# What's two's complement?

David Evans

Greenhorn

Posts: 3

Layne Lund

Ranch Hand

Posts: 3061

posted 13 years ago

UML stands for Universal Modeling Language. It is a way to diagram relations between classes and objects.

Two's compliment is the most common way to represent signed numbers in binary. To find the two's compliment representation of a negative number, first write the binary value of the positive number. Add enough leading zeros to fill all the bits used to store the number. Then flip each bit. In other words, change all 0's to 1's and vice versa. Then add 1 to the number.

For example, if we want to represent -4 in four-bit two's compliment. We first write 4 is binary:

0100

Then flip the bits:

1011

Then add 1:

1100

The most significant bit is always 1 for negative numbers and 0 for positive numbers. Two's compliment also has several benefits for doing math in hardware. I won't get into that here. For a more detailed discussion, check out this page.

HTH

Layne

Two's compliment is the most common way to represent signed numbers in binary. To find the two's compliment representation of a negative number, first write the binary value of the positive number. Add enough leading zeros to fill all the bits used to store the number. Then flip each bit. In other words, change all 0's to 1's and vice versa. Then add 1 to the number.

For example, if we want to represent -4 in four-bit two's compliment. We first write 4 is binary:

0100

Then flip the bits:

1011

Then add 1:

1100

The most significant bit is always 1 for negative numbers and 0 for positive numbers. Two's compliment also has several benefits for doing math in hardware. I won't get into that here. For a more detailed discussion, check out this page.

HTH

Layne

Garrett Smith

Ranch Hand

Posts: 401

posted 13 years ago

I've only taken a few math classes in my life, so I am pretty weak in this area, so I worked on this for a while.

I found this is true:

1. divide input by radix, 2, and save the remainder as a string and save the number of times that 2 went into input as input, so input is now the result of input / radix.

2. repeat step 2 until the number is <= the radix.

3. save the last number of successful divisions

4. read the numbers in order of last calculated division to first remainder.

Here is an example to convert inp to binary:

inp = 19

19 / 2 = 9 r 1

9 / 2 = 4 r 1

4 / 2 = 2 r 0

2 / 2 = 1 r 0

1 --------- 1

10011 should be 19 in binary. Let's see:

(1*(2 pow 0)) + (1 * (2 pow 1)) + (1 * (2 pow 4))

(1) + (3) + (16) = 19

I wrote a program and it seems to work. I didn't have any help from anyone.

Please check and comment:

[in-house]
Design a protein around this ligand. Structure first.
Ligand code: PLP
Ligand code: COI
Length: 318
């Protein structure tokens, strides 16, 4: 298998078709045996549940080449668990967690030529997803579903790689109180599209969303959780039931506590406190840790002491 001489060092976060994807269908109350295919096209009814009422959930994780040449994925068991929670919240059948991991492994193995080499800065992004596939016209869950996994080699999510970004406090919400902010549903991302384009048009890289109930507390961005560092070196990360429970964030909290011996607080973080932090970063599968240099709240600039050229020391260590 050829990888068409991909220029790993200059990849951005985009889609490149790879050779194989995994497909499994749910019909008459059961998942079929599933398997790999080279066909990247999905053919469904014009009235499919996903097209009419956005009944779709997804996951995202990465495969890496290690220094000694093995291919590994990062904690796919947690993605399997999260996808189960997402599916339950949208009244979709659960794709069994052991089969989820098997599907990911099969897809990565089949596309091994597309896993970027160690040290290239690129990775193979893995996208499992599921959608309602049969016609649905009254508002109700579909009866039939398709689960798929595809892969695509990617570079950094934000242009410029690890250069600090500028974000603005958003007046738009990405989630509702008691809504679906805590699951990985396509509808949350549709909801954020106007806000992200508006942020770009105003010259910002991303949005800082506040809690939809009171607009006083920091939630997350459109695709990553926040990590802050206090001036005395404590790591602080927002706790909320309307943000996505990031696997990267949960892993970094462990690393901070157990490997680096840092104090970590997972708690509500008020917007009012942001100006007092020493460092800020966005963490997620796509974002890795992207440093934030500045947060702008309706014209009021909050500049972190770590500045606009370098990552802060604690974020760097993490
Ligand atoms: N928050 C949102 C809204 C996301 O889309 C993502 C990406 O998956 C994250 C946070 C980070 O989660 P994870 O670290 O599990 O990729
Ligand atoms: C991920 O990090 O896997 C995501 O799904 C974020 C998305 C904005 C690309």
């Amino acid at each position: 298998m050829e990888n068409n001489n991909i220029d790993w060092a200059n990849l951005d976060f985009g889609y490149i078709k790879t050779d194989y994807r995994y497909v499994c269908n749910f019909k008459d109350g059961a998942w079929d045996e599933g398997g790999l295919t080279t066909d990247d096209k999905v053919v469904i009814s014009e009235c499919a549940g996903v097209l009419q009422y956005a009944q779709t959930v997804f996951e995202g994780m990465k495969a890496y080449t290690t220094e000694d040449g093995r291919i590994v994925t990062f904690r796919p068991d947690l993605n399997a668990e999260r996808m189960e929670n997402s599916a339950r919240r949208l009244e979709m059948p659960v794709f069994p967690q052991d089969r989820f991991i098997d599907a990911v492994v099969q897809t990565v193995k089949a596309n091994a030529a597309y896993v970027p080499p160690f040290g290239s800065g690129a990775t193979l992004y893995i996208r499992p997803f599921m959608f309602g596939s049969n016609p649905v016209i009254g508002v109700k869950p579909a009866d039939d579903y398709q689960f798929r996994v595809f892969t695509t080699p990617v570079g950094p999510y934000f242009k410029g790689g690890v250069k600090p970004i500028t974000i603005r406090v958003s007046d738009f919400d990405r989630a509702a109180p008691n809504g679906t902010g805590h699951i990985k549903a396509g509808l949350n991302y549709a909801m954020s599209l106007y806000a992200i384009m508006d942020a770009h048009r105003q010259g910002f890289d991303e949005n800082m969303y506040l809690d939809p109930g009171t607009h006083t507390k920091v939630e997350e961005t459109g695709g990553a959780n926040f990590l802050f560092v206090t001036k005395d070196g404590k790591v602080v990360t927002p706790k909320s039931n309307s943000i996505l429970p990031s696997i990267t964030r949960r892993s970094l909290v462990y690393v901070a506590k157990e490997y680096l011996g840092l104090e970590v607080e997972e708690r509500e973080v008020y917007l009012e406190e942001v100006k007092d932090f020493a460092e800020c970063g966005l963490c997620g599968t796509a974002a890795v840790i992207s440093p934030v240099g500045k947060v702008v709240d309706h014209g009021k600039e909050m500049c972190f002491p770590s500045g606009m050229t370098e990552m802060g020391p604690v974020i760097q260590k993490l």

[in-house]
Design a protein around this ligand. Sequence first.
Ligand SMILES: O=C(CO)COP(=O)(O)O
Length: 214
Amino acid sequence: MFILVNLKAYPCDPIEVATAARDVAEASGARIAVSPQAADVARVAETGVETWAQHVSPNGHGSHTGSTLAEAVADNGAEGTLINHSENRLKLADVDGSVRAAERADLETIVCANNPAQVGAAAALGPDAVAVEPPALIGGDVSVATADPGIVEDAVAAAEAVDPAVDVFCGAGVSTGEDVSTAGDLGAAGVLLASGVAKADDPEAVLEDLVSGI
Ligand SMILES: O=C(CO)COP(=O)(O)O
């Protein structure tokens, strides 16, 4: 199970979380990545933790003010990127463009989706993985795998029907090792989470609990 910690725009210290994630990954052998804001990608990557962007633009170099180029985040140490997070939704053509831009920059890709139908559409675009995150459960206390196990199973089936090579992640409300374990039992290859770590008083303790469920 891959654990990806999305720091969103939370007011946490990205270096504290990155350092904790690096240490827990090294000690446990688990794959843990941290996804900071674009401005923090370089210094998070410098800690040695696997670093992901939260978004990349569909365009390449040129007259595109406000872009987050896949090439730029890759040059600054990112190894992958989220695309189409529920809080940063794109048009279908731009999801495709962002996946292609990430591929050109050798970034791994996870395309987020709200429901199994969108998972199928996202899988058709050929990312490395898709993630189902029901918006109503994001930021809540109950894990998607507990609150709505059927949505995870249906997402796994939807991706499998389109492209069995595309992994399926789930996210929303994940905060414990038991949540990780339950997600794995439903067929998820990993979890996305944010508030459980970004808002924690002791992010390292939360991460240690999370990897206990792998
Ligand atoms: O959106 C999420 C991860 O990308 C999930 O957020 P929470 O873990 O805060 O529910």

Would like any comments regarding this. I'd like to continue working on this so I can improve my skill in this area.

Thanks,

Garrett

[ December 28, 2002: Message edited by: Garrett Smith ]

[ December 28, 2002: Message edited by: Garrett Smith ]

I found this is true:

1. divide input by radix, 2, and save the remainder as a string and save the number of times that 2 went into input as input, so input is now the result of input / radix.

2. repeat step 2 until the number is <= the radix.

3. save the last number of successful divisions

4. read the numbers in order of last calculated division to first remainder.

Here is an example to convert inp to binary:

inp = 19

19 / 2 = 9 r 1

9 / 2 = 4 r 1

4 / 2 = 2 r 0

2 / 2 = 1 r 0

1 --------- 1

10011 should be 19 in binary. Let's see:

(1*(2 pow 0)) + (1 * (2 pow 1)) + (1 * (2 pow 4))

(1) + (3) + (16) = 19

I wrote a program and it seems to work. I didn't have any help from anyone.

Please check and comment:

Would like any comments regarding this. I'd like to continue working on this so I can improve my skill in this area.

Thanks,

Garrett

[ December 28, 2002: Message edited by: Garrett Smith ]

[ December 28, 2002: Message edited by: Garrett Smith ]

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John Lee

Ranch Hand

Posts: 2545

David Weitzman

Ranch Hand

Posts: 1365

posted 13 years ago

Actually UML stands for Unified Modeling Language. In addition to class diagrams, there are about eleven or so other UML diagram types. For more information, go to the website of the people who write the UML specs, OMG.

posted 13 years ago

Have a look at this and see if it is of some help

http://www.coderanch.com/t/389872/java/java/remedial-help-binary-numbers

HTH,

- Manish

http://www.coderanch.com/t/389872/java/java/remedial-help-binary-numbers

HTH,

- Manish

Garrett Smith

Ranch Hand

Posts: 401

posted 13 years ago

Okay, my prog was bugged.

I changed the value of the mask:

was:

changed to:

It doesn't work for negative numbers though

[ January 01, 2003: Message edited by: Garrett Smith ]

I changed the value of the mask:

was:

changed to:

It doesn't work for negative numbers though

[ January 01, 2003: Message edited by: Garrett Smith ]

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